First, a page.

Pink, graded tone levels in large emerald cut#938

large pink tourmaline with different tone levels. A beautiful example of different tone levels of the same pink color displayed by an emerald cut.

Many gemstones of different kinds have zoning caused by different tone levels in their color. In amethyst and sapphire etc. it is not considered desirable, but with tourmaline I find it can be used to make an interesting and beautiful gemstone or at least be render unimportant in the gemstone most of the time. The use of an emerald cut with a large ratio between its width and length is normally used to enhance the differences in tone or color that exist in some tourmaline. Steep angles on the narrow ends are sometime used to minimize mixing that occurs down the long axis of the tourmaline. I don’t cut my bi, tri and graded tone emerald cuts with steep ends because it robs them of the limited amount of scintillation that is normally found in well cut emerald cuts. The use of the same angles on the ends, as the sides, leads to the reflection of the opposing colors or tone levels in the ends of the emerald cut to the other end of the gemstone. Potentially the mixing of the colors in the ends could be ugly, but I have not run into that problem.

The stone I have chosen to demonstrate graded tone in tourmaline is a great pink and flawless. The top of the stone in the picture has the darker tone level and the reflection in the bottom (I like to call it a pagoda) is the top’s reflection imposed on a very pale body. The mixing is quite stable from face up even when the stone is examined at different angles. I instruct people to turn a tourmaline unto its table and examine the gemstone in that position, to get a good picture of what its color distribution really is.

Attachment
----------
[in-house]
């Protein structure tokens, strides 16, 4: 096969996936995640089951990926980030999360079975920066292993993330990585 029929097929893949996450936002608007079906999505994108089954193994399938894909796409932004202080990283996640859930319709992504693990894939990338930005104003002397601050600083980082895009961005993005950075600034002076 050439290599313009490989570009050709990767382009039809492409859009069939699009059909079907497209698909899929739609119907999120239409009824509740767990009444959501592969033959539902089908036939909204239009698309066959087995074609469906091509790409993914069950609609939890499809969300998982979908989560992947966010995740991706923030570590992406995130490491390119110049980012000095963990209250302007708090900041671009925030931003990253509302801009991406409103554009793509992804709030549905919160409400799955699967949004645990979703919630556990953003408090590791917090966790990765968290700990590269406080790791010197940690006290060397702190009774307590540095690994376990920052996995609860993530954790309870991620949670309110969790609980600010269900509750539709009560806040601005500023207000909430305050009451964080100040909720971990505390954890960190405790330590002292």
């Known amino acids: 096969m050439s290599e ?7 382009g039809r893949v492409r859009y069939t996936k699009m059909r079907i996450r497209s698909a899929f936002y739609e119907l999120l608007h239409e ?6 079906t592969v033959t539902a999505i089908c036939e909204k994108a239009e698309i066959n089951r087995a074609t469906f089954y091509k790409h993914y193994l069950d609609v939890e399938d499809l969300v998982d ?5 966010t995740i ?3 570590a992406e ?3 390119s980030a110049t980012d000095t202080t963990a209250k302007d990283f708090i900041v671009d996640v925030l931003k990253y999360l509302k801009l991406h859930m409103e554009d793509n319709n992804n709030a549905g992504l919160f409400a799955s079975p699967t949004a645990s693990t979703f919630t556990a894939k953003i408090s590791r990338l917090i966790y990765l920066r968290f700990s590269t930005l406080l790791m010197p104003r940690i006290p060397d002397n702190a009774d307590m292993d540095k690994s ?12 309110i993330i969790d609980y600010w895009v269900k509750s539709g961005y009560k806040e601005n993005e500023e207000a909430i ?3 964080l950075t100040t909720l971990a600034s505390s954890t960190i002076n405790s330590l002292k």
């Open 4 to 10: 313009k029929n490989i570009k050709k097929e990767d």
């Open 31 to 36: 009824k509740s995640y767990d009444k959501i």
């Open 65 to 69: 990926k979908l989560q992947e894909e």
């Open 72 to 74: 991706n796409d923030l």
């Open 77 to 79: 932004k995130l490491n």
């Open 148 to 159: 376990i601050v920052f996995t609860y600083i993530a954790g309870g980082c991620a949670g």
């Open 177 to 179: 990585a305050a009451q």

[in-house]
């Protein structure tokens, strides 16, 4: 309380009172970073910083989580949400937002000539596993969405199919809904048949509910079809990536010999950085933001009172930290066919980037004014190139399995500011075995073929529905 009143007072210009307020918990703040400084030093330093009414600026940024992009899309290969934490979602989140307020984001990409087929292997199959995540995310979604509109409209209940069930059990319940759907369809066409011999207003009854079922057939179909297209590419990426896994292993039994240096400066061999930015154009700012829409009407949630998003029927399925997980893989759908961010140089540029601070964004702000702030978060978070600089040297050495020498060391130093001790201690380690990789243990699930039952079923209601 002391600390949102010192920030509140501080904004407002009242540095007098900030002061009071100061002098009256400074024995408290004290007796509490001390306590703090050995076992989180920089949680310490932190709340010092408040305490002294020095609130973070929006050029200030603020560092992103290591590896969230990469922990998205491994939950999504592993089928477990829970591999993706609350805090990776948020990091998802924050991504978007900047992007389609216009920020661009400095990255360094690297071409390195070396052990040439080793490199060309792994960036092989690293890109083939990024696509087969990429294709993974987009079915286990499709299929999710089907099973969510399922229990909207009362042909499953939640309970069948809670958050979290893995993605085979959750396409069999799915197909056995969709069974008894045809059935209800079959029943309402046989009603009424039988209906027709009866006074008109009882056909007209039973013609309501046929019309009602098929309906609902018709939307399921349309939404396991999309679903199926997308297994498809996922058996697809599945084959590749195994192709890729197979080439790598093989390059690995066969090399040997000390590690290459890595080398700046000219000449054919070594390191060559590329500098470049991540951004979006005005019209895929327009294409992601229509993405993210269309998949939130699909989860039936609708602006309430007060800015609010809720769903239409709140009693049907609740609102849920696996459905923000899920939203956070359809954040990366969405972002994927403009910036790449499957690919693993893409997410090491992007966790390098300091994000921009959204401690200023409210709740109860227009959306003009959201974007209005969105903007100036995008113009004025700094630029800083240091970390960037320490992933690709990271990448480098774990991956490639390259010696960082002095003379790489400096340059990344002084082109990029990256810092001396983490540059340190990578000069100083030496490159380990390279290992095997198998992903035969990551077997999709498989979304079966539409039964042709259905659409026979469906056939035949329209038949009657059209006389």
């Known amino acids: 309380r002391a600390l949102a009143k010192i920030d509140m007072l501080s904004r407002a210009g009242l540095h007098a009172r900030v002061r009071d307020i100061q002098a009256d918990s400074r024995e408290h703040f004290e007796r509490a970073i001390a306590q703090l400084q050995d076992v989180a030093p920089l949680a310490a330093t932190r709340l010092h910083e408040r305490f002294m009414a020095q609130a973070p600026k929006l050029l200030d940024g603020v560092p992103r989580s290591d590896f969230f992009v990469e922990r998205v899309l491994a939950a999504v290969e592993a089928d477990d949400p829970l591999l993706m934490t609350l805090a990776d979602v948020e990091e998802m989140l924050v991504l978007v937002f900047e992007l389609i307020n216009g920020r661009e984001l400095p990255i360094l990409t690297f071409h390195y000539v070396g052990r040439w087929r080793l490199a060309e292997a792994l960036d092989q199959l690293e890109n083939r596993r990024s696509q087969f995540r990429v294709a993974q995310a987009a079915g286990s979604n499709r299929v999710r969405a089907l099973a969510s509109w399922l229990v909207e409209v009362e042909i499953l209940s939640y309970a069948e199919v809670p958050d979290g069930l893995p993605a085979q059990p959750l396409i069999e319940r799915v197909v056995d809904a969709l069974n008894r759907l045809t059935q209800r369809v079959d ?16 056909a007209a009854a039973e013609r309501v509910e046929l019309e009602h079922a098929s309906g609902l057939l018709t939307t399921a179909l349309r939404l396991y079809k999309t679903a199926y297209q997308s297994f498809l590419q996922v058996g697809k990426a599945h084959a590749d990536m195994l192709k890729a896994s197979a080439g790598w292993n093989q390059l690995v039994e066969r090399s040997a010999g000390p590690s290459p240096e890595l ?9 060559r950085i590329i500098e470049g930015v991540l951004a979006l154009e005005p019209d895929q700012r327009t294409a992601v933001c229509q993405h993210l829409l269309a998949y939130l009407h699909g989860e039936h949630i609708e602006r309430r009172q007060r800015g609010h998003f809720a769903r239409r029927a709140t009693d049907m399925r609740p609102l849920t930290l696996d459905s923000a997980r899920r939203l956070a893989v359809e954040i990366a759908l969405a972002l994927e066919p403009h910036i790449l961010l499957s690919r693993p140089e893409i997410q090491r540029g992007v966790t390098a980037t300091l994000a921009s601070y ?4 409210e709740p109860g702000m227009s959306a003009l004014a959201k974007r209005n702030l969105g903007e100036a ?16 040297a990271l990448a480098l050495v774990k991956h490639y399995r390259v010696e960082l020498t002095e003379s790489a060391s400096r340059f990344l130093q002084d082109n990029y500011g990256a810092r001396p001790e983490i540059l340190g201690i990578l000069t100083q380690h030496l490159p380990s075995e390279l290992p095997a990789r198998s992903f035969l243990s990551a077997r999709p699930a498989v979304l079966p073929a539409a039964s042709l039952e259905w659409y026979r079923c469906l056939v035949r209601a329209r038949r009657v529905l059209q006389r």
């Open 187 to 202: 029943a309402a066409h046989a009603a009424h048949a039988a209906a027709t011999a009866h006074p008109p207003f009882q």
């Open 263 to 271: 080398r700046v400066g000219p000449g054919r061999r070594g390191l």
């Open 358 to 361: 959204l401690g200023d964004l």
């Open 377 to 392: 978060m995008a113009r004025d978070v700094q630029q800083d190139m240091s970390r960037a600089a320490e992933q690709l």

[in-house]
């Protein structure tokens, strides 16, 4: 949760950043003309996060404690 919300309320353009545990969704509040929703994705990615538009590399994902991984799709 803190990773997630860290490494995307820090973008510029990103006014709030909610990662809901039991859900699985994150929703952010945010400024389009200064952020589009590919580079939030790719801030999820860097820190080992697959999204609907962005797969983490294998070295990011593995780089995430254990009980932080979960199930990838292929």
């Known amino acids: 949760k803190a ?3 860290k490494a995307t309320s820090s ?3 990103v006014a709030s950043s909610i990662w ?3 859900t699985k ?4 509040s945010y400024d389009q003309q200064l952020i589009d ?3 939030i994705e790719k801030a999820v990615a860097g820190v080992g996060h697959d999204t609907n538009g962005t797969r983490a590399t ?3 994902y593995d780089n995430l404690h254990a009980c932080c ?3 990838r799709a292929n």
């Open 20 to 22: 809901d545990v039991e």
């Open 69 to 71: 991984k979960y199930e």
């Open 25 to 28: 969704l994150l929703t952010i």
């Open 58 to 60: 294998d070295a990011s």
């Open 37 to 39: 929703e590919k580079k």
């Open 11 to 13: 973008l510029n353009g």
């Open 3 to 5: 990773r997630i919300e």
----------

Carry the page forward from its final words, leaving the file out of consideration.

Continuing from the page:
I think the photo testifies to the fact that zoning was not a problem with this tourmaline. Fortunately the crystal shape of many tourmaline is conducive to this style of cut. I have seen some really wild ratios in emerald cuts, but I don’t go to extremes, even if weight lose in cutting is larger than necessary. I will admit that generally I do not buy rough that are crystals with excessively large ratios or short stubby pieces with different colors or tone levels unless I intend to cut it in two or to cut something like a round with its table perpendicular to the principle axis.

Bruce

About Bruce Fry

I was born in Summit, NJ in 1947 and graduated from Summit High School in 1966. I graduated from the Colorado School of Mines in 1970 and after spending another year in graduate school, I left to see the world of Brazil. After spending some more time discovering myself, I ended up working for the Commonwealth of Pennsylvania for 32 years as an Air Quality Engineer in the Department of Environmental Protection. I retired in 2007 and took up faceting gemstones again after a long hiatus that reached back to my twenties. I had started cutting cabochons when I was 13 and bought my first faceting machine when I was 15, but ran out of money and time until I retired.
My great love in gemology is tourmaline and the collection presented here represents my effort to get as much beauty and variety in the colors of tourmaline as I can. I was particularly lucky in being able to get unheated cuprian tourmaline before copper was discovered in gem grade tourmaline from Mozambique.

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